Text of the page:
FINRA's BrokerCheck

How are tax-exempt organizations affected by the Tax Cuts and Jobs Act of 2017?

On December 22, 2017 President Trump signed the largest tax overhaul of the U.S. tax system in 30 years. We have summarized highlights of this legislation that affect the nonprofit sector. We have also summarized certain individual tax modifications that may affect the sector.

How are tax-exempt organizations affected by the Tax Cuts and Jobs Act of 2017?

Tax-exempt organizations who are subject to unrelated business income tax will have a single corporate tax rate of 21 percent after December 31, 2017. For some organizations, this will be an increase in their tax rate.

IRC Section 512 was modified and requires organizations that carry more than one unrelated trade or business activity to separately calculate unrelated business income from each trade or business activity. The losses from one activity cannot be utilized to offset profits from a separate trade or business activity.  The change will apply to tax years beginning after 2017. Net operating loss (NOL) carryovers generated in tax years before January 1, 2018 can reduce unrelated business income from all activities generated after December 31, 2017. One caveat is that you may only use 80 percent of your NOL to offset your current year income. As a result, you will likely have a portion of income each year that is taxable and will need to plan for those taxes by filing quarterly estimates.

The Act will impose an excise tax equal to the federal corporate income tax rate (currently set at 21 percent by the Act) on compensation in excess of $1 million paid to an applicable tax-exempt organization’s five highest paid employees for a tax year (or any person who was such an employee in any tax year beginning after 2016).

Unrelated business income will be increased for any disallowance of entertainment, club dues and other expenses under IRC Section 274 and for any qualified transportation fringe (transit passes, parking, bicycle commuting reimbursement), and any parking facility used in connection with qualified parking.  Alternatively, you could include these benefits as taxable compensation to employees.

The Act suspends the exclusion from gross income and wages of employees for qualified commuting reimbursements through January 1, 2026.  It also suspends the exclusion from gross income qualified moving expense reimbursements for tax years beginning after December 31, 2017 and before January 1, 2026. The exclusion will still be available for active duty members of the Armed Forces who move pursuant to a military order.

An excise tax will be imposed of 1.4 percent of the net investment income of certain private colleges and universities. An applicable educational institution is one that has at least 500 students during the preceding taxable year, more than 50 percent of students are located in the United States, and the aggregate fair market value of assets at the end of the preceding taxable year is at least $500,000 per student of the institution.

Individual highlights of the bill as they relate to nonprofits

Individuals who contribute to IRS Section 529 accounts to assist in paying for higher education can now utilize these funds to pay for enrollment at elementary or secondary public, private or religious schools.  The amount of the distributions to assist with enrollment in aggregate at these institutions cannot exceed $10,000 in any taxable year. This applies to distributions made after December 31, 2017.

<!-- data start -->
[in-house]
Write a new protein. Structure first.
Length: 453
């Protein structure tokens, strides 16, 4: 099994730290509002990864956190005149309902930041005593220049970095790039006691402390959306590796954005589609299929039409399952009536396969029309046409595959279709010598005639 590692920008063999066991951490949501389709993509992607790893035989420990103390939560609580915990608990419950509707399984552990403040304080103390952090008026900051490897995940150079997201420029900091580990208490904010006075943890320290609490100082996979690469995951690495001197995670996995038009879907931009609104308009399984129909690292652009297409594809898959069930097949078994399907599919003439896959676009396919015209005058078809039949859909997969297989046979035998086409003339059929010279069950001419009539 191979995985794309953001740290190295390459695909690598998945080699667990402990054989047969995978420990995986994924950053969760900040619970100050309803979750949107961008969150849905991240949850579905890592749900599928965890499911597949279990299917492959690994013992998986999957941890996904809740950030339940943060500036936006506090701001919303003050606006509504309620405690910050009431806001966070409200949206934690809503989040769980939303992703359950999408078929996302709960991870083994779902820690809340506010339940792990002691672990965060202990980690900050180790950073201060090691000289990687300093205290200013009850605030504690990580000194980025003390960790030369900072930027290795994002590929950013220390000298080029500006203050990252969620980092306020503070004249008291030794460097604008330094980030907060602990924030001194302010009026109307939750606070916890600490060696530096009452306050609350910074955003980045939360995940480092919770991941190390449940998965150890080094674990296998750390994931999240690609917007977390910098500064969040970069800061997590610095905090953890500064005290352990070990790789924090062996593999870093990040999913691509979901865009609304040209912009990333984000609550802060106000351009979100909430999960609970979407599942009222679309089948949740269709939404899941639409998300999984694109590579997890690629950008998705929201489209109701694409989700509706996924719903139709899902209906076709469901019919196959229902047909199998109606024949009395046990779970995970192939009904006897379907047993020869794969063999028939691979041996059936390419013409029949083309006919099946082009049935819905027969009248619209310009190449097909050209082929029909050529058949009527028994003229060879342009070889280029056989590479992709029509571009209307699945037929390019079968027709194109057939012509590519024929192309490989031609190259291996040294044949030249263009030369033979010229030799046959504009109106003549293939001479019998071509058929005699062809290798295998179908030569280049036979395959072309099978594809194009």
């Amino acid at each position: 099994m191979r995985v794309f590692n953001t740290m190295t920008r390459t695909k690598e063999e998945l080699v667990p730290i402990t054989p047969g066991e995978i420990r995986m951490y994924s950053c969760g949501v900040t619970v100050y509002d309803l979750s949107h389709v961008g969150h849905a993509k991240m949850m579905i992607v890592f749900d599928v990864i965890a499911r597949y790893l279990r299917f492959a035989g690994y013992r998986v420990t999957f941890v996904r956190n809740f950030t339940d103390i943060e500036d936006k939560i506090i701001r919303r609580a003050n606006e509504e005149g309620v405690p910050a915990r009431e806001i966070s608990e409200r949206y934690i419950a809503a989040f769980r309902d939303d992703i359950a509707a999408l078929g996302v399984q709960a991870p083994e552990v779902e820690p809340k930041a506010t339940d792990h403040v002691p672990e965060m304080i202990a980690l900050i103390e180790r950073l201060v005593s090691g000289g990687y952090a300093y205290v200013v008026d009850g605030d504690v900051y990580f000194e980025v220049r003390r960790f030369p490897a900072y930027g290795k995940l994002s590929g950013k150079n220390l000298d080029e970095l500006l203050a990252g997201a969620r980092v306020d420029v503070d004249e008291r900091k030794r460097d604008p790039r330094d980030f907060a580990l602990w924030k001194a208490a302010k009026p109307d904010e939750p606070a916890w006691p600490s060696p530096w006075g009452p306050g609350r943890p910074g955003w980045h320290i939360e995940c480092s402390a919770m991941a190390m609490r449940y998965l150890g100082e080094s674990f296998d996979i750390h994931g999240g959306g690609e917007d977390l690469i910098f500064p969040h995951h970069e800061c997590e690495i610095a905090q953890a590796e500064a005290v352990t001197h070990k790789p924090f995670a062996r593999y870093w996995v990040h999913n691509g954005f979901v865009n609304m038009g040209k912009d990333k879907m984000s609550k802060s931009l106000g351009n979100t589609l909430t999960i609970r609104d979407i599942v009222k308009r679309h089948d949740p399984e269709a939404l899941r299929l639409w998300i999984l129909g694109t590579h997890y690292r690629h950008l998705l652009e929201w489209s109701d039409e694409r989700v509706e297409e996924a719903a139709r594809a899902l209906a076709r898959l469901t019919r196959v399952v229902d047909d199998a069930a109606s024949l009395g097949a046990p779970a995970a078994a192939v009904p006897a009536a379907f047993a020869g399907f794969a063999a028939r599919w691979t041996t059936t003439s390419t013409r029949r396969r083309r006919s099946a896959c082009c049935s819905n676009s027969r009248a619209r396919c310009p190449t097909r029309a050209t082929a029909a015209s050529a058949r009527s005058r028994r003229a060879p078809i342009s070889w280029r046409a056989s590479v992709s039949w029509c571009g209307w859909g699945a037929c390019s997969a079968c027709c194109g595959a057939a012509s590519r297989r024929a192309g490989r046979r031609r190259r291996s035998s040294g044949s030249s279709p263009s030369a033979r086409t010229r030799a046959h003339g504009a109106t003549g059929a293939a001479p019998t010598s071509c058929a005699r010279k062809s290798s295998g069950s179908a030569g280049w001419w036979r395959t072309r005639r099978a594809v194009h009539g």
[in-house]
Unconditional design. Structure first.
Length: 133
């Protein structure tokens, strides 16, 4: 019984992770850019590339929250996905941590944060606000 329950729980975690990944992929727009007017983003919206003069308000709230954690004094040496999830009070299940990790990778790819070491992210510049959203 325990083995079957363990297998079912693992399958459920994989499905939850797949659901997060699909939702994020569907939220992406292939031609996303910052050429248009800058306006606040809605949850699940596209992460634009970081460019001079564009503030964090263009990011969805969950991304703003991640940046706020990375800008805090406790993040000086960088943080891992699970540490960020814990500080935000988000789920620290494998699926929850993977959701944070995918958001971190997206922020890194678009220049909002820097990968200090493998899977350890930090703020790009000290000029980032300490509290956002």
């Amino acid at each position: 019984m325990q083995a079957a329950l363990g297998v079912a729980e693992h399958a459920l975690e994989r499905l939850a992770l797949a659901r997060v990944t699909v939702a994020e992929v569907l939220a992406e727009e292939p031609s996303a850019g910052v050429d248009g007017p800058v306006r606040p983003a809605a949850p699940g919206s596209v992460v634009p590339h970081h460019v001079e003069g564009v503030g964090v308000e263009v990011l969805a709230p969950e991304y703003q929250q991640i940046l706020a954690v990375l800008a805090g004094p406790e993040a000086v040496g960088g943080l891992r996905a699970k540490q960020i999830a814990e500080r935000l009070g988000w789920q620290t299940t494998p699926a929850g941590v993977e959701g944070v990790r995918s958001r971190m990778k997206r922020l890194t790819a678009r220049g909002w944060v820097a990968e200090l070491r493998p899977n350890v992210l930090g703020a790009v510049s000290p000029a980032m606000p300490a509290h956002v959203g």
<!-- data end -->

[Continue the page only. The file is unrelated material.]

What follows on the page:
The individual adjusted gross income limitation was increased for cash contributions to up to 60 percent of an individual’s AGI for tax years beginning after December 31, 2017 and before December 31, 2026.

The standard deduction for individuals was raised for single taxpayers to $12,000, taxpayers filing head of household to $18,000, and married filing joint taxpayers to $24,000 for taxable years beginning after December 31, 2017 and before January 1, 2026.

Proposed legislation that did not make the final cut in the tax bill

Proposed legislation that were not approved in the final conference agreement but passed in the House and Senate include:

  • The repeal of the Johnson Amendment allowing all IRC 501(c)(3) organizations (not just churches and religious organizations) to make political statements in the ordinary course of carrying on their exempt purpose.
  • The requirement for sponsoring organizations of donor advised funds to annually disclose the average amount of grants made from those funds and their policies on inactive donor advised funds.
  • The exemption of certain private foundations from the 10 percent excise tax for holding a 20 percent or more interest in a for-profit business, as well as the 200 percent excise tax for private foundations that do not divest from their holdings of such investments by the close of the subsequent tax year.
  • The House bill providing that if a private foundation operating an arts museum is open for at least 1,000 hours to the public it would be exempt from the 30 percent excise tax on undistributed earnings.
  • The inclusion of employer-provided education assistance each year up to $5,250 for graduate and or undergraduate courses.

Meet The Rehmann Team

Start typing a name ...
Searching for "{{nameQuery}}"...
Start typing a experience ...
Searching for "{{experienceQuery}}"...
Start typing a location ...
Searching for "{{locationQuery}}"...
Or view a list of team members